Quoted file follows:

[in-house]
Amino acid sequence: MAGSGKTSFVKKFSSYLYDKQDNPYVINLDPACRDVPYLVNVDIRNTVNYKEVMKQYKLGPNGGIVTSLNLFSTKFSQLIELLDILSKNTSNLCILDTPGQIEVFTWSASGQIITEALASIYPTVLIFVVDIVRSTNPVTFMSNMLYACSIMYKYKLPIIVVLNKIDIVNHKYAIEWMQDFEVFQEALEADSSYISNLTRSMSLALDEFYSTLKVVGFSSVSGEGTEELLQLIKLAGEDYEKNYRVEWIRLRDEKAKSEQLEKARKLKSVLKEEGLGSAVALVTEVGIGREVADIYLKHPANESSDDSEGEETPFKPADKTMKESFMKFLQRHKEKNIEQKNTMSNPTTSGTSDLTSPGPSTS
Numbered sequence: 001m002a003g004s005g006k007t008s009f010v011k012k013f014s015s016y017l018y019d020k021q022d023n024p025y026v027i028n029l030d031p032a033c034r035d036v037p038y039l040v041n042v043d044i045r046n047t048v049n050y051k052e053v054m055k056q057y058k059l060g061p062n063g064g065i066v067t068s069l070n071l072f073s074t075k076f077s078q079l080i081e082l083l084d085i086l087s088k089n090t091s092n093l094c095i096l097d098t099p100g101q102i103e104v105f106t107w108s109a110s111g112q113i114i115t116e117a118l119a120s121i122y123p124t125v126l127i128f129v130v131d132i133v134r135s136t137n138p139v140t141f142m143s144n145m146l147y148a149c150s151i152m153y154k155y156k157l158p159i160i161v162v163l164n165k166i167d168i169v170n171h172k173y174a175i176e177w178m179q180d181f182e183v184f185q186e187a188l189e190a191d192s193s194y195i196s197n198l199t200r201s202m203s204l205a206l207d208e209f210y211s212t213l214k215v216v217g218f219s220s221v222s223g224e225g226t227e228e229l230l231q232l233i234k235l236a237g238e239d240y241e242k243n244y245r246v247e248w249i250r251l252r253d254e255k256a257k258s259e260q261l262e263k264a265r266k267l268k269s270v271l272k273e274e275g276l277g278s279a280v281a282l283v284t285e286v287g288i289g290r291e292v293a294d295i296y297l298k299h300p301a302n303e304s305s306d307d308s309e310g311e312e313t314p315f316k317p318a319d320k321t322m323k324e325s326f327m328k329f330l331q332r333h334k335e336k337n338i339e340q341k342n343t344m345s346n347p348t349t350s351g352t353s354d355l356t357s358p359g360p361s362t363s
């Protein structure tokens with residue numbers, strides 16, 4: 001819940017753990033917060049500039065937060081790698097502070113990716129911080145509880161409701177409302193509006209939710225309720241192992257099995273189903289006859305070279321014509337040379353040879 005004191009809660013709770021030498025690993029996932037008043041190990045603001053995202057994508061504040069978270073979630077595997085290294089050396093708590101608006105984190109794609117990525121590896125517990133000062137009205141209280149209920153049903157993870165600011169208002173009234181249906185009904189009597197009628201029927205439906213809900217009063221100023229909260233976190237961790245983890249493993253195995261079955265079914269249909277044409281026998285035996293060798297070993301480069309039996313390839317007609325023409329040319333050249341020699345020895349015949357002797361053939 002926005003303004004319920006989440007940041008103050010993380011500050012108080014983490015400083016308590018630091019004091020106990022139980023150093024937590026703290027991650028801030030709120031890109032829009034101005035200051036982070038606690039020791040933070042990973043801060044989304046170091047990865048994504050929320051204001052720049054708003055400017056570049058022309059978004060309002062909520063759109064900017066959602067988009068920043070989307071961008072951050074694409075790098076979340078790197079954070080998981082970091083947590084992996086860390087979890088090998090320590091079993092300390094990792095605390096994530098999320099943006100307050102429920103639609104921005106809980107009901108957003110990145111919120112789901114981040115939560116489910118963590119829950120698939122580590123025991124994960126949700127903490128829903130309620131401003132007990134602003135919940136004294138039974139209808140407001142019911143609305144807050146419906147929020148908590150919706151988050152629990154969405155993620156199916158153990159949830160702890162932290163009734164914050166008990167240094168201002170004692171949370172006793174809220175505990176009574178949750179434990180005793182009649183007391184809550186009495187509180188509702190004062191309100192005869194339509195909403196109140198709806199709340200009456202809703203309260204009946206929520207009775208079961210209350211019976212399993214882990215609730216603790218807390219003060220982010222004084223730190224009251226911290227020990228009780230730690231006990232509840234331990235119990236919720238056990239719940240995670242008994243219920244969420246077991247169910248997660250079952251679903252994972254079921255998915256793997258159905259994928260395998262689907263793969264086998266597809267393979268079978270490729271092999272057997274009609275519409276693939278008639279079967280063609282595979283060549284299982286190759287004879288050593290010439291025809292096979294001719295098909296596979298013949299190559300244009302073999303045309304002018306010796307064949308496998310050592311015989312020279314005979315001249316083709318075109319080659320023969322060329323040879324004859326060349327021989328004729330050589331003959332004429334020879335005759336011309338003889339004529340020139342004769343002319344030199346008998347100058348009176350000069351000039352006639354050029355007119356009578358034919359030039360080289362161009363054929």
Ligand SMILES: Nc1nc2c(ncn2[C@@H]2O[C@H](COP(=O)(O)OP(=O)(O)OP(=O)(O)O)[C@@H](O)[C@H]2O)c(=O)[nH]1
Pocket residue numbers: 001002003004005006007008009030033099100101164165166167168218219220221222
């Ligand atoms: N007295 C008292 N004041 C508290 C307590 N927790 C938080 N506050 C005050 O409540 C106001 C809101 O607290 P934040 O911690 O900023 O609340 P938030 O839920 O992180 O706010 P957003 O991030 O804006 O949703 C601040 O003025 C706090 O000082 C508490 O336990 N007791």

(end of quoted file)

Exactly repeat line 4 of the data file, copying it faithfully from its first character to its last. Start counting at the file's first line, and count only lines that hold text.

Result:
């Protein structure tokens with residue numbers, strides 16, 4: 001819940017753990033917060049500039065937060081790698097502070113990716129911080145509880161409701177409302193509006209939710225309720241192992257099995273189903289006859305070279321014509337040379353040879 005004191009809660013709770021030498025690993029996932037008043041190990045603001053995202057994508061504040069978270073979630077595997085290294089050396093708590101608006105984190109794609117990525121590896125517990133000062137009205141209280149209920153049903157993870165600011169208002173009234181249906185009904189009597197009628201029927205439906213809900217009063221100023229909260233976190237961790245983890249493993253195995261079955265079914269249909277044409281026998285035996293060798297070993301480069309039996313390839317007609325023409329040319333050249341020699345020895349015949357002797361053939 002926005003303004004319920006989440007940041008103050010993380011500050012108080014983490015400083016308590018630091019004091020106990022139980023150093024937590026703290027991650028801030030709120031890109032829009034101005035200051036982070038606690039020791040933070042990973043801060044989304046170091047990865048994504050929320051204001052720049054708003055400017056570049058022309059978004060309002062909520063759109064900017066959602067988009068920043070989307071961008072951050074694409075790098076979340078790197079954070080998981082970091083947590084992996086860390087979890088090998090320590091079993092300390094990792095605390096994530098999320099943006100307050102429920103639609104921005106809980107009901108957003110990145111919120112789901114981040115939560116489910118963590119829950120698939122580590123025991124994960126949700127903490128829903130309620131401003132007990134602003135919940136004294138039974139209808140407001142019911143609305144807050146419906147929020148908590150919706151988050152629990154969405155993620156199916158153990159949830160702890162932290163009734164914050166008990167240094168201002170004692171949370172006793174809220175505990176009574178949750179434990180005793182009649183007391184809550186009495187509180188509702190004062191309100192005869194339509195909403196109140198709806199709340200009456202809703203309260204009946206929520207009775208079961210209350211019976212399993214882990215609730216603790218807390219003060220982010222004084223730190224009251226911290227020990228009780230730690231006990232509840234331990235119990236919720238056990239719940240995670242008994243219920244969420246077991247169910248997660250079952251679903252994972254079921255998915256793997258159905259994928260395998262689907263793969264086998266597809267393979268079978270490729271092999272057997274009609275519409276693939278008639279079967280063609282595979283060549284299982286190759287004879288050593290010439291025809292096979294001719295098909296596979298013949299190559300244009302073999303045309304002018306010796307064949308496998310050592311015989312020279314005979315001249316083709318075109319080659320023969322060329323040879324004859326060349327021989328004729330050589331003959332004429334020879335005759336011309338003889339004529340020139342004769343002319344030199346008998347100058348009176350000069351000039352006639354050029355007119356009578358034919359030039360080289362161009363054929």